FY2021 Annual Report

Integrative Community Ecology Unit
Assistant Professor David Armitage

From L to R: Rahel Ruppli, Su'ad Yoon, Katie Saunders, Alex Alonso, Matin Miryeganeh, Dave Armitage, Sam Ross, Shizuka Kuda, Nonno Hasegawa


Most of our planet's ecosystems are currently impacted by habitat loss, emerging pathogens, globalization, and climate change. The results of these stressors can re-shuffle the species interactions upon which biodiversity and human wellbeing rely. Our unit merges theory, genetics, and chemistry to understand how species interactions vary over space and time and to affect ecosystem structure and functioning.

1. Staff

  • Dr. David Armitage, PI
  • Nonno Hasegawa, Graduate Student
  • Rahel Ruppli, Graduate Student
  • Dr. Su'ad Yoon, Postdoctoral Researcher
  • Dr. Samuel Ross, Postdoctoral Researcher
  • Arno Hagenbeek, Graduate Student (Rotation)
  • Zhuli Cheng, Graduate Student (Rotation)
  • Camila Rayo, Intern
  • Mika Takahashi, Intern
  • Katharine Saunders, Unit Technician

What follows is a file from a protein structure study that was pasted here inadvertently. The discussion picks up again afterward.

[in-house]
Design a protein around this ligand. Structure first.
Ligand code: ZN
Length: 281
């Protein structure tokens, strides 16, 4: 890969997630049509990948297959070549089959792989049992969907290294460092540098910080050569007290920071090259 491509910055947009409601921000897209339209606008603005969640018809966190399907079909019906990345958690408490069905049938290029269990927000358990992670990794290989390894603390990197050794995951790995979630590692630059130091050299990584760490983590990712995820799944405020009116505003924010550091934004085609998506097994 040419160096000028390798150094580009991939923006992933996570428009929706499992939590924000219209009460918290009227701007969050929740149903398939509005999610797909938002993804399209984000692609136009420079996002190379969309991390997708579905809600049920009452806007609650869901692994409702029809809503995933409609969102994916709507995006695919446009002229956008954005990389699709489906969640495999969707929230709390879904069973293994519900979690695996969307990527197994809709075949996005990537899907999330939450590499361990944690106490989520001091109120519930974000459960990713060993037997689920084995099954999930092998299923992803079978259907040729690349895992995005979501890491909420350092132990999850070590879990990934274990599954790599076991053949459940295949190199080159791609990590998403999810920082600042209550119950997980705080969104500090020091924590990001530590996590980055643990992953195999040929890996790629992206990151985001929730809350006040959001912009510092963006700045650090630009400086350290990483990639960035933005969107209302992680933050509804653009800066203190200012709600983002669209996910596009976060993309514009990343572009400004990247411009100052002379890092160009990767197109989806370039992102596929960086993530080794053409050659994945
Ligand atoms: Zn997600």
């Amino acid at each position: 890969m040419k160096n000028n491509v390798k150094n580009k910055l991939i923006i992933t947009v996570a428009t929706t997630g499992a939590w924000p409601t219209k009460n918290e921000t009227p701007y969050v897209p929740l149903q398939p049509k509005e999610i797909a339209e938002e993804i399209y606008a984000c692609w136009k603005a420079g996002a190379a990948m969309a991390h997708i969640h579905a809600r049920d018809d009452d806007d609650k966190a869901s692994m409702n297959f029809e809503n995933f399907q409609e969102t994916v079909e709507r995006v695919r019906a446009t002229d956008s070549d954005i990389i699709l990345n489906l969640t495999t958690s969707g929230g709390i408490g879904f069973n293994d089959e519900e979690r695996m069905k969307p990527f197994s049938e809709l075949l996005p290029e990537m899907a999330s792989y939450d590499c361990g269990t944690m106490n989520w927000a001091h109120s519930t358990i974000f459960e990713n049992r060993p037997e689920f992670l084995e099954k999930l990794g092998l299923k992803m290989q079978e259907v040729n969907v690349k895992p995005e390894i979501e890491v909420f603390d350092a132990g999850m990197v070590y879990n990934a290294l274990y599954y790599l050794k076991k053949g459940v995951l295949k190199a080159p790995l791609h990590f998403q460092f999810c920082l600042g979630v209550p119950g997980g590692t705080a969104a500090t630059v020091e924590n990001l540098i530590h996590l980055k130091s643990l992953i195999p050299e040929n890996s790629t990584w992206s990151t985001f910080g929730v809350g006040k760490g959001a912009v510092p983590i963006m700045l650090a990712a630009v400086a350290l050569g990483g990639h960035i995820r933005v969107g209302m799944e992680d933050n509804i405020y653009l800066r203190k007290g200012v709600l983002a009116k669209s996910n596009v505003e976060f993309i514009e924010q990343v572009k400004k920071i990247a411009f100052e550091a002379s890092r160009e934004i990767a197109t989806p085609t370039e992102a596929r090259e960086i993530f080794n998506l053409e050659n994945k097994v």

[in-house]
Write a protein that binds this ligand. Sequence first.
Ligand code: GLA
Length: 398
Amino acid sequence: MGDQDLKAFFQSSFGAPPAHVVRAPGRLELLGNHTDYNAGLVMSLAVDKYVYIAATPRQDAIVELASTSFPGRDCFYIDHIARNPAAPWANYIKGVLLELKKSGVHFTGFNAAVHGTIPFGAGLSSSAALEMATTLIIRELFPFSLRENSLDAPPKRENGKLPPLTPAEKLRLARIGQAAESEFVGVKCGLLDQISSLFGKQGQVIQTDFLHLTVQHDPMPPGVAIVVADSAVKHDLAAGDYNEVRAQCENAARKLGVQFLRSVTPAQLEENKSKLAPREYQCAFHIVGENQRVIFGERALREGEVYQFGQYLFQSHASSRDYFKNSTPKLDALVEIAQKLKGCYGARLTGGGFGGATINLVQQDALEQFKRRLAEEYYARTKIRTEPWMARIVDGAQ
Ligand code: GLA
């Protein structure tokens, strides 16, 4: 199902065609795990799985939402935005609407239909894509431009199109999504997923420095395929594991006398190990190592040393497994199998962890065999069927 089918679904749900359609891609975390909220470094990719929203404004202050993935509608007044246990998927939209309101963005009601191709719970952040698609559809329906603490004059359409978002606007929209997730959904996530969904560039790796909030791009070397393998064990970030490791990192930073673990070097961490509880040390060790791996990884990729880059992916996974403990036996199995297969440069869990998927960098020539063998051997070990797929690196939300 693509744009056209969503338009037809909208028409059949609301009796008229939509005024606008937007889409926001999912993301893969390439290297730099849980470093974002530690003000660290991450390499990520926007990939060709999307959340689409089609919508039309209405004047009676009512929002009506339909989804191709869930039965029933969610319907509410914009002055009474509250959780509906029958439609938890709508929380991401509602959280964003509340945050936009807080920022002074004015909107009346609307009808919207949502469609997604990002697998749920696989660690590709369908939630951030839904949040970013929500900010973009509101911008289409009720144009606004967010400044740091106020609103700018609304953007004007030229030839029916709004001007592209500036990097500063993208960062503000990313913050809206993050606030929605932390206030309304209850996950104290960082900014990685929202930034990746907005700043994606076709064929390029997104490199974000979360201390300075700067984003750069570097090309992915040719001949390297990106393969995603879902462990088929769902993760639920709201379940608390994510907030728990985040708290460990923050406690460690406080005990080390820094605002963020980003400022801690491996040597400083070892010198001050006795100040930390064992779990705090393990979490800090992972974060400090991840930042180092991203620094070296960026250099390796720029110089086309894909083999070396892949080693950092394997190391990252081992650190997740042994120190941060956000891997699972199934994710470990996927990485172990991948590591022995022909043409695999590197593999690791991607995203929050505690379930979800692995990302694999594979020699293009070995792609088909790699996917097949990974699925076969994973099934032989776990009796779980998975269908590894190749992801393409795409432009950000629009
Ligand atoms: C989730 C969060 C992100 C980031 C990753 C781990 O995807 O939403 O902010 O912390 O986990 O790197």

• Shizuka Kuda, Research Unit Administrator

2. Collaborations

2.1 Rapid disruption of plant-pollinator matching under climate warming

  • Type of collaboration: Joint research
  • Researchers:
    • Professor Tingfa Dong, China West Normal University

2.2 Metagenomics of the Azolla-Cyanobacteria nitrogen-fixing symbiosis 

  • Type of collaboration: Joint research
  • Researchers:
    • Joint Genome Institute (Department of Energy), Berkeley, CA

2.3 Developing response diversity as an integrative measure of ecosystem stability 

  • Type of collaboration: Joint research
  • Researchers:
    • Professor Owen Petchey, University of Zurich
    • Professor Takehiro Sasaki, Yokohama National University

3. Activities and Findings

3.1 Lab Setup

The ICE unit was started in late 2021, and we have been setting up an operationa laboratory space for molecular, microbial, and plant ecology. Alongside the wet lab space, we also have a climate-controlled storage shed equipped with plant growth lights, a small greenhouse on campus, and four climate-controlled plant growth chambers.

3.2 Causes and consequences of phytochemical variation